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Posts posted by Peadar

  1. 5 hours ago, Underfoot said:

    At the recommendation of one or more people on this board quite awhile ago, I read Master Assassins and Sidewinders by Robert V.S. Redick, book 1 and 2 of the Fire Sacraments trilogy. Absolutely stellar. Well realized characters, one of the most interesting and imaginative but fully realized worlds I've read for a long time, and a plot that pulls you along and grows and grows in import over time. Run, don't walk to read these!

    Unfortunately Sidewinders ended on more of a cliffhanger than I'd like - does anyone know when book 3 (Siege) is coming out?


    Yes! These are great. I tried to engage the author on Twitter last year, but got no response about book 3. I hope it's on its way.

  2. On 1/15/2024 at 11:09 PM, VigoTheCarpathian said:

    Just finished “City of Last Chances” by Adrian Tchaikovsky - my wife picked it up on a whim at the library, and I was pleasantly surprised and sucked in by the worldbuilding and original story, I’d only heard the name mentioned here, but will definitely check out more by this author.

    Almost done with “Searoad: Chronicles of Klatsand” by Ursula Le Guin.  Really odd and poetic set of short stories, very beautiful little vignettes that really is some of the best writing in/about the Pacific NW I’ve ever experienced.

    There is a new book set in the same world "The House of Open Wounds". Also great, IMHO.

    As for me, I just read the graphic novel Voyaging, Volume One: The Plague Star, adapted by Raya Golden from our old pal, GRRM's Tuff series. Very enjoyable.

  3. On 12/27/2023 at 12:17 AM, williamjm said:

    I also bought the book about the time it was being discussed a lot on the boards but never actually got round to reading it. I think some of the reactions I've read to how the series progressed didn't really encourage me to start it.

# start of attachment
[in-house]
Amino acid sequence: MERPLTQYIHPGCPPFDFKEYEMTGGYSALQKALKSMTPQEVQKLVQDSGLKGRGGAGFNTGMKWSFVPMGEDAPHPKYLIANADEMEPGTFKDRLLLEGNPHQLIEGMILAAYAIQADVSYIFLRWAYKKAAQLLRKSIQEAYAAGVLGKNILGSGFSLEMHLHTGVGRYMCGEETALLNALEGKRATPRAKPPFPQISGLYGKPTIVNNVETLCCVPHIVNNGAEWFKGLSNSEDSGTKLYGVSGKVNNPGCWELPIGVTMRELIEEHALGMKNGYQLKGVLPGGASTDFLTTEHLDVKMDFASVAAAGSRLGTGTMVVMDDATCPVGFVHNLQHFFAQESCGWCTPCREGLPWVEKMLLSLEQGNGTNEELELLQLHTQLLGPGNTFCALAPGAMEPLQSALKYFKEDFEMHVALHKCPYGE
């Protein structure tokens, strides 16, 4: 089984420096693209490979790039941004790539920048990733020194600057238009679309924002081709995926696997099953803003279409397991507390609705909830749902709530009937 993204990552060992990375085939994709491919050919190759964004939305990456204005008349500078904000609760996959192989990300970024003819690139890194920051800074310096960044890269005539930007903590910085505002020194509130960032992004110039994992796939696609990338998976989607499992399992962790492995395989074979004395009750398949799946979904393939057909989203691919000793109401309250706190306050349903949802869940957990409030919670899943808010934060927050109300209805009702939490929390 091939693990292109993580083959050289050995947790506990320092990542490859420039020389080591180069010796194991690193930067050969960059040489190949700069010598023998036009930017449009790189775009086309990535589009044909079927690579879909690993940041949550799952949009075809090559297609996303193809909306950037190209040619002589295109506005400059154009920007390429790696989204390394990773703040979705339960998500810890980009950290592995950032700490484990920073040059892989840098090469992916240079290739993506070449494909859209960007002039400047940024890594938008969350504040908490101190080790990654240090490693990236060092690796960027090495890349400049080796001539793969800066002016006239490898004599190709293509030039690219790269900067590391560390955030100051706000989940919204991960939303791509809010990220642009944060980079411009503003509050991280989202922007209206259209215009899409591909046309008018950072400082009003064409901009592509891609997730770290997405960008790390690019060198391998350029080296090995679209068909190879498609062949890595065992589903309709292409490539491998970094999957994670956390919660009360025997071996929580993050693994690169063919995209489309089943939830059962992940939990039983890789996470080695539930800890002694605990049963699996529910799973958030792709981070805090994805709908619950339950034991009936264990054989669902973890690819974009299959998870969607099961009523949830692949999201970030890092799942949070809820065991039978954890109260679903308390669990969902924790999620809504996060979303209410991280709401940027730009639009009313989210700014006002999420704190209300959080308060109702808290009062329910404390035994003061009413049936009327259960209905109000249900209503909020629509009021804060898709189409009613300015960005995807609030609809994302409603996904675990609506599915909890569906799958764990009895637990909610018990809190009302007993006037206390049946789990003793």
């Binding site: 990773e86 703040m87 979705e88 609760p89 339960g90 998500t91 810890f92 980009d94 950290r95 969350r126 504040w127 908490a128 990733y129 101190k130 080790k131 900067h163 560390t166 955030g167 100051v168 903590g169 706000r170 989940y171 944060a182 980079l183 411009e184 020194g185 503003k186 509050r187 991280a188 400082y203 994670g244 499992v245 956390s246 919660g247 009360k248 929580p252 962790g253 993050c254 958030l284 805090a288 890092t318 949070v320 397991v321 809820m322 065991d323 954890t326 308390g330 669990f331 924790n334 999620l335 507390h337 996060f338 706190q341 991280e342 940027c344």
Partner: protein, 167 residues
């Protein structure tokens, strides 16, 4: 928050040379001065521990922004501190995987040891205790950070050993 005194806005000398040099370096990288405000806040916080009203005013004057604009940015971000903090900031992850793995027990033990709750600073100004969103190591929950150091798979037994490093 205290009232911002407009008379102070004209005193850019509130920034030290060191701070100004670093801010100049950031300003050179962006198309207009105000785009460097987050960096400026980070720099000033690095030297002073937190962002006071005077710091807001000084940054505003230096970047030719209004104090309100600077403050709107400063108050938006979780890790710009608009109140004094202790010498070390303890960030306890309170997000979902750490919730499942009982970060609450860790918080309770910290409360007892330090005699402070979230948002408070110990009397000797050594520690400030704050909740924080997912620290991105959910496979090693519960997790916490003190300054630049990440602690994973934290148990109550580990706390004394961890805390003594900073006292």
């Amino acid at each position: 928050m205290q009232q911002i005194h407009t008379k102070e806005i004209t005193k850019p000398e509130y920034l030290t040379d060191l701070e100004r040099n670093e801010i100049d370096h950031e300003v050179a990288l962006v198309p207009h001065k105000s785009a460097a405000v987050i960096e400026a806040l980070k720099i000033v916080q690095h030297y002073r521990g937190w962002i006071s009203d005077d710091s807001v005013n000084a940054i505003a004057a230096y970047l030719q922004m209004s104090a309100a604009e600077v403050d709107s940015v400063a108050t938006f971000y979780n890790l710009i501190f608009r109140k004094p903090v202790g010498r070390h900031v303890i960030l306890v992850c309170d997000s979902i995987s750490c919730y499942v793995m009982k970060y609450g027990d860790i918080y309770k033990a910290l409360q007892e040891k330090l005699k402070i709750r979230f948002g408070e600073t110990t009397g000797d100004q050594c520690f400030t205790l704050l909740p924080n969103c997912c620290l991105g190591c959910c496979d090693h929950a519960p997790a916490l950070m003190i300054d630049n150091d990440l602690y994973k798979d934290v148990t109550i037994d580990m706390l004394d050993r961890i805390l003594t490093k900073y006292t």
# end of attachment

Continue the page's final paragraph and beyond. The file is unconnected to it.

I highly recommend the first trilogy. Yes, there is some dodginess -- lack of women except as unflattering clichés -- but some of the good parts made me feel like I was hurtling towards the edge of a cliff with no brakes. In a good way. Dark and way too horrible to miss out on.

    As for me, Adrian Tchaikovsky's House of Open Wounds was tremendous fun. If you liked the first book in the same universe, you'll like this too. If not, not.

  4. 7 hours ago, Wilbur said:

    Since Ser Not Appearing plans to eventually feature a novel by Lawrence Watt-Evans on his podcast, I was prompted to take one with me on the family trip to the cabins on Lake Patagonia State Park this past week.  I chose the first book of The Lords of Dûs, which is The Lure of the Basilisk.  Fortunately, I still possess the original paperbacks, which featured some excellent cover art, unlike the heated garbage of later re-printings.

    Strangely, this is an author I totally missed out on. Might try to rectify that soon.


    For now, I am starting Adrian Tchaikovsky's House of Open Wounds. As always, a few pages in, I know I'm in good hands. This is set in the same world as his excellent City of Lost Chances, but apparently, you can read them in any order. Let's see...

  5. 10 hours ago, JGP said:

    Not a big horror buff myself, but just going to pipe up regarding Buehlman whose writings are one of my more favorite discoveries in the last few years.